Accept the loving care of others

April 19, 2017
Reuters/David W Cerny


My mom died three years ago. To say her death has had a profound effect on my life would be an unspeakable understatement.

In a stunning moment four months ago, marking the passage of time and possibility, I gave birth to twin boys. Since their arrival, a curious thing has happened to me. I feel my mother’s gentle actions in my life. All the time. Acutely.

Mostly, I feel her acting through the caring, nurturing, loving presence of others. My sense is that she has sent these human angels to care for me, to care for our family. For the first time since her death, I have found myself feeling safe in a way that is hard to articulate.

For me, the curious part about feeling my mom this strongly is that I have never believed that the dead act in our lives in these ways. And so, while I might not believe it is happening, I feel it is.

A teacher of mine recently told me to stop overthinking this gift from the Universe. “Just receive it with gratitude,” he told me, gently. And so I am.

In this week’s Torah portion, Parashat Shemini, Moses’ brother, the High Priest Aaron, witnesses an unfathomable tragedy — the death of his sons. After his boys, Nadav and Avihu, clutching their incense pans, bring alien fire to the altar, a divine fire consumes them as their father and uncle look on.

I lack the words to describe the stunned silence I always have felt reading the Torah’s matter-of-fact account of this sudden, violent and seemingly nonsensical death. I long to scoop up Aaron in my arms, to hold him, to be present with him. I can’t imagine reacting in any other way.

Oddly, Aaron’s brother Moses responds coldly, with words I always have read as either a theological chastisement or platitude (depending on how generous I’m feeling): “This is what the Eternal meant when saying: Through those near to Me I show Myself holy, And gain glory before all the people” (Leviticus 10:3). Aaron hears these words and is silent.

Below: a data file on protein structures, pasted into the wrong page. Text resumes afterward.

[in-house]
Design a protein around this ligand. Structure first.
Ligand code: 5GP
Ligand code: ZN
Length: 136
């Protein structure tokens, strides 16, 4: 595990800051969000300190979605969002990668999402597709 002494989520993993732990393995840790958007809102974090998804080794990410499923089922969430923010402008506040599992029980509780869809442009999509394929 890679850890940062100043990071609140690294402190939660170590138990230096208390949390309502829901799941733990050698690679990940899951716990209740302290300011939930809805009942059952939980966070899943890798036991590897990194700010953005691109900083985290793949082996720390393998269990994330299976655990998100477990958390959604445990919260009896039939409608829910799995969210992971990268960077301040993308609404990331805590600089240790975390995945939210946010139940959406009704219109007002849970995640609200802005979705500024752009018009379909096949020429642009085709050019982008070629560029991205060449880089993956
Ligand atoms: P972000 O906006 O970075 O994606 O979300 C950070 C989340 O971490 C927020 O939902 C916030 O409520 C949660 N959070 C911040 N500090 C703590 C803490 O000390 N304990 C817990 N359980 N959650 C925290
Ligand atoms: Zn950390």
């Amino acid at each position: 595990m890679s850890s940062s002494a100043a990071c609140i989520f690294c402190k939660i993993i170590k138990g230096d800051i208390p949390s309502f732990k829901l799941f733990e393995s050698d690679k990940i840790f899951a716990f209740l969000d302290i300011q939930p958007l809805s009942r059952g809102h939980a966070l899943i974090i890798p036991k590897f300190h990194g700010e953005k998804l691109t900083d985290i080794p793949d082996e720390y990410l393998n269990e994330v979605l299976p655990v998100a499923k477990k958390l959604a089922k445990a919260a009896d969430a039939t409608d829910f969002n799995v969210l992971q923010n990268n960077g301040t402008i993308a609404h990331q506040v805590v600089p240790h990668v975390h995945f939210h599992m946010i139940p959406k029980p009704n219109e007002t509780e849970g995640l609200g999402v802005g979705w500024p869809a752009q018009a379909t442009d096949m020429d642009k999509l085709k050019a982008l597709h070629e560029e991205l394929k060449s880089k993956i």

When I reread the parsha this week, what I expected was to feel frustration with Moses’ lack of empathy. And yet, distance and time are funny things. Two hands’ worth of 5777 Omer days counted, and Moses’ words seem less horrible and more poignant: “Through those near to Me I show Myself holy, And gain glory before all the people.”

In this statement, I always have assumed Moses was trying to tell Aaron that God was somehow illustrating the sacred in his boys’ death. But maybe Moses wasn’t talking about God’s act of divine fire in his words, after all. Maybe Moses actually was foreshadowing the seconds and minutes and years to come for Aaron. Maybe Moses knew that I would not be alone in my impulse to rush to Aaron’s side. Maybe Moses knew the community would gather around this grieving family.

“Through those near to Me I show Myself holy.”

Maybe Moses knew, despite some strange commandments about not grieving publicly, that Aaron would be comforted in whispers and actions and the loving presence of others. Maybe, much as I have begun to feel my mother’s hand in my own life through the actions of others, Moses suspected that Aaron would feel generations acting upon him, as well. “Through those near to Me I show Myself holy.”

Maybe Moses was saying to Aaron: You will feel the love of your community envelope you. You will feel holiness, if not wholeness, again. You will feel a sacred presence in your life through the kind actions of others.

During a recent conversation I had with a confirmation student at my synagogue, as he described what it means to him to be an atheist, I couldn’t help but lean forward intently. “But what about the Mystery?” I asked him. “What about the Why of the universe? The Interconnectivity?”

“I don’t feel it,” he told me.

If I am being honest, there have been times in my life when I have not have felt the Mystery, either. There have been times when I have read words of truth as words of admonishment. There have been times when a divine gift has felt hard to receive.

This week, I’m not going to overthink it, though. This week, I will endeavor to hold onto the Aarons around me, trust the truth of Moses’ explanation, and express gratitude for what I have. This week, I will try just to accept. 

Rabbi Jocee Hudson is an associate rabbi at Temple Israel of Hollywood.

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